Oil marketing companies are now free to raise the price of diesel as long as the increase is not large. The first of the hikes — in all likelihood, 50 paise per litre — could come as early as on Friday. There are also indications that bulk consumers like state transport corporations and the Railways might have to pay a higher price. A minor cut in petrol prices could be announced simultaneously.
The cabinet committee on political affairs (CCPA) considered political repercussions and the impact on the aam aadmi before deciding to stagger the increase in the price of diesel over several small doses.
The CCPA meeting considered the report of the Vijay Kelkar committee that had recommended wiping out the entire Rs 9.60 per litre subsidy on diesel through increases of Re 1 per litre every month. While agreeing that an increase was unavoidable, the meeting concluded that an attempt should be made to soften the blow.
The price of diesel was last revised in September 2012, when it was raised by a steep Rs 5.63 per litre. “We have given some liberty to oil marketing companies to raise diesel prices in small doses. They are authorised to make small price corrections from time to time,” Petroleum Minister M Veerappa Moily said after the cabinet meeting.
“They should exercise this discretion in such a manner that inflation is not impacted. Also, the entire burden is not put on consumers,” Moily added. Asked what “small” increases meant, the minister told reporters, “Small means small.”
Moily denied that diesel prices had been deregulated, and said that the government would continue to subsidise the fuel. A “partial decontrol” of fuel prices broadly entails a mechanism wherein the subsidy element is “fixed” per litre of the fuel, and prices are allowed to fluctuate within a band, in tune with “market prices”.
Since June 2010, when petrol prices were decontrolled, the country has seen an effective increase of over 30 per cent in the retail price of petrol, over some 26 price changes, including 19 increases. Though oil companies are technically free to set the price, in reality, most hikes are seen to be vetted by the government. Oil companies have been reported to be looking to revise the price of petrol since November last year, citing the adverse exchange rate — however, no increase happened until last Tuesday.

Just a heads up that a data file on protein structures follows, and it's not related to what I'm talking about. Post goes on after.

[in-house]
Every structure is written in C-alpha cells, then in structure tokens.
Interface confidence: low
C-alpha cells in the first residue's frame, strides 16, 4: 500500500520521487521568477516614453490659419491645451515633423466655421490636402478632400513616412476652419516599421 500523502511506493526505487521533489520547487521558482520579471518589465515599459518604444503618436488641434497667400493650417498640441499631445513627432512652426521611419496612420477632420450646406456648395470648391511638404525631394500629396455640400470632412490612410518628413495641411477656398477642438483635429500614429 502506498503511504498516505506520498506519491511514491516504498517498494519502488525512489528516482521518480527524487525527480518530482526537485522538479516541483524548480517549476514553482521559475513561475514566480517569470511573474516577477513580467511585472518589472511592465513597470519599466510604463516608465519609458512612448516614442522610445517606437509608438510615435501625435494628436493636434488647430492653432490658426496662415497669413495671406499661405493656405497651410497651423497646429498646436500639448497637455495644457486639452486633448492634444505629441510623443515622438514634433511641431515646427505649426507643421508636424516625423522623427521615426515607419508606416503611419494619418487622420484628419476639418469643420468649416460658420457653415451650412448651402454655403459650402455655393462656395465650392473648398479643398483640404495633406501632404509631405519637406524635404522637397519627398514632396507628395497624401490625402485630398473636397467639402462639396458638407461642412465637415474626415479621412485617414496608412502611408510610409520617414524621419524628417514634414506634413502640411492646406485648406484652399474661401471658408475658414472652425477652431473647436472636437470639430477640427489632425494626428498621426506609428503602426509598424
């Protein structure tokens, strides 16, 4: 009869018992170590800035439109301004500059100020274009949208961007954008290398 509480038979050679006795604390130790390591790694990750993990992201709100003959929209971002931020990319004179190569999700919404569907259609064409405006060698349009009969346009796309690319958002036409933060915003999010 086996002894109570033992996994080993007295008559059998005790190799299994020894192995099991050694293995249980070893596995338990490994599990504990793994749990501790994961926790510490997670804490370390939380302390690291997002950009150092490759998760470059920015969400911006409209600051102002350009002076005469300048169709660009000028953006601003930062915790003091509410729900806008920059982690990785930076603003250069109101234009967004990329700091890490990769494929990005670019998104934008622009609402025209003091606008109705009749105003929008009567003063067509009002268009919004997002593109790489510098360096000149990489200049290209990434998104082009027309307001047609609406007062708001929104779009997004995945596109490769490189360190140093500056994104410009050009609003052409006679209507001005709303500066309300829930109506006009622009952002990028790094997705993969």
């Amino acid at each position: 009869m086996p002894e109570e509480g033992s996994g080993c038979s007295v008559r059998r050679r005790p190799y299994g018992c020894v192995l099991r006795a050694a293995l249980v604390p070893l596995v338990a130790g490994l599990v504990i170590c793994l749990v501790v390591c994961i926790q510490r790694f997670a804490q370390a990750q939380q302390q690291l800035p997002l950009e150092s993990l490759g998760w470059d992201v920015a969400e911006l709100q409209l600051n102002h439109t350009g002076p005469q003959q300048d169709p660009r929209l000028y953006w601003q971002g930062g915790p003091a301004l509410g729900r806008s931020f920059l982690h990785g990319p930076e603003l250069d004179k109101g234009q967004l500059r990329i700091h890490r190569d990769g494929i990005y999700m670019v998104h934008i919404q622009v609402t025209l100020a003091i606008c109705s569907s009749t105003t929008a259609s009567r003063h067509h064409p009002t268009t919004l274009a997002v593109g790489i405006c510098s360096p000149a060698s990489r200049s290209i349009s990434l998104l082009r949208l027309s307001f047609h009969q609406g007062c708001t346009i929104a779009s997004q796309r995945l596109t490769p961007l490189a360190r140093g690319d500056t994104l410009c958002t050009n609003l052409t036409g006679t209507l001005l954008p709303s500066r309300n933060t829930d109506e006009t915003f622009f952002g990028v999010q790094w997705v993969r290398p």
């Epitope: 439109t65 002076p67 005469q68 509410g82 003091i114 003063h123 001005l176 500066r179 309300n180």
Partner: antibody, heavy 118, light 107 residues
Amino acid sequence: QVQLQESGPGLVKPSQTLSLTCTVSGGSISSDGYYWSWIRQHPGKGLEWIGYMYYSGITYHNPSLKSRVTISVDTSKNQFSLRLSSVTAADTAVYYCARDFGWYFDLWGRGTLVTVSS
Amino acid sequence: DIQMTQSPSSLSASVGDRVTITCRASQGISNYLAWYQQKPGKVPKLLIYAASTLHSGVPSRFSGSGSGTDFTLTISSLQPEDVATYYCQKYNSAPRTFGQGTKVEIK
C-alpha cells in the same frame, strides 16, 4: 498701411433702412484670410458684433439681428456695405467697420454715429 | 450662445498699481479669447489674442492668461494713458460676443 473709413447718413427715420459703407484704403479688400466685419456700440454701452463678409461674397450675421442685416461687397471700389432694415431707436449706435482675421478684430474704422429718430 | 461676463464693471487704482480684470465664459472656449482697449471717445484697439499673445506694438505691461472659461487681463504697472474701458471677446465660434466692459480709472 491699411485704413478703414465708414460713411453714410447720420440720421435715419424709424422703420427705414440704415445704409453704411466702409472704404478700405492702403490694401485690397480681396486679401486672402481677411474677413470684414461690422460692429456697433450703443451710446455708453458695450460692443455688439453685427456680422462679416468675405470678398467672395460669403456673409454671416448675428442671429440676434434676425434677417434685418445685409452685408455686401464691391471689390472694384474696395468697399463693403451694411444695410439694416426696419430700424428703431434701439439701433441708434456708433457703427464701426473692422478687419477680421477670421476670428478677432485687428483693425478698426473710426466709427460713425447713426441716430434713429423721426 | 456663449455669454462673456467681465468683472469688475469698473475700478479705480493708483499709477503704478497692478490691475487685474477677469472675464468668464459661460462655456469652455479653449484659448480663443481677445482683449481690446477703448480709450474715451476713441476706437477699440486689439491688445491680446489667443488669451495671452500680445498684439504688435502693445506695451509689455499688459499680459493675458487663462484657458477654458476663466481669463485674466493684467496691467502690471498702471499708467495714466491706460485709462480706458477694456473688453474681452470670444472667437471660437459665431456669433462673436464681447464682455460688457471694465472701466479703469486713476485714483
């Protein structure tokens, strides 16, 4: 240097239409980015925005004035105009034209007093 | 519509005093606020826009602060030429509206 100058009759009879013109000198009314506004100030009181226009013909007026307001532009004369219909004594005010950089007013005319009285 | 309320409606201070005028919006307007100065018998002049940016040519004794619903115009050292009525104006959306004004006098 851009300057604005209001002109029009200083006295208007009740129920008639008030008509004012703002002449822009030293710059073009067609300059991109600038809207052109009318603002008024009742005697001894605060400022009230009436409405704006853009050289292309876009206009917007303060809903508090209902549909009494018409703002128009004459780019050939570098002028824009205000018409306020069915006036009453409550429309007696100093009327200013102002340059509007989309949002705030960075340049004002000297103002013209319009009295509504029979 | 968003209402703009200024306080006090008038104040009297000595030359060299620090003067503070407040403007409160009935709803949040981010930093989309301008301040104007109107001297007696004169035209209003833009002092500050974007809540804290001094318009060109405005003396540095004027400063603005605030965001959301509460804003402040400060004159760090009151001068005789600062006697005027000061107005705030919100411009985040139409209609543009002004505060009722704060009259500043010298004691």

Raising the cap on subsidised LPG cylinders from six to nine is expected to cost the government an additional Rs 9,300 crore annually. Last month, when the election process was on in Gujarat and Himachal Pradesh, Moily said that the government was set to raise the cap — a statement that got him into trouble with the Election Commission.
Opposition parties were quick to slam the decision on diesel, saying transport costs and inflation would rise. “It will increase all transport costs for passengers as well as goods. It will increase costs of irrigation, tractors and other agricultural inputs,” BJP spokesman Prakash Javadekar said.
He described the raising of the subsidised LPG cap as a “farce”, and demanded that the government “must withdraw its decision and enforce the earlier regime allowing any number of LPG cylinders for domestic use”.
CPM general secretary Prakash Karat said, “This will lead to continuous increase in the prices of diesel just as it happened with the prices of petrol after deregulation.” He said the raise in the cap on LPG cylinders to nine was insufficient and provided little relief.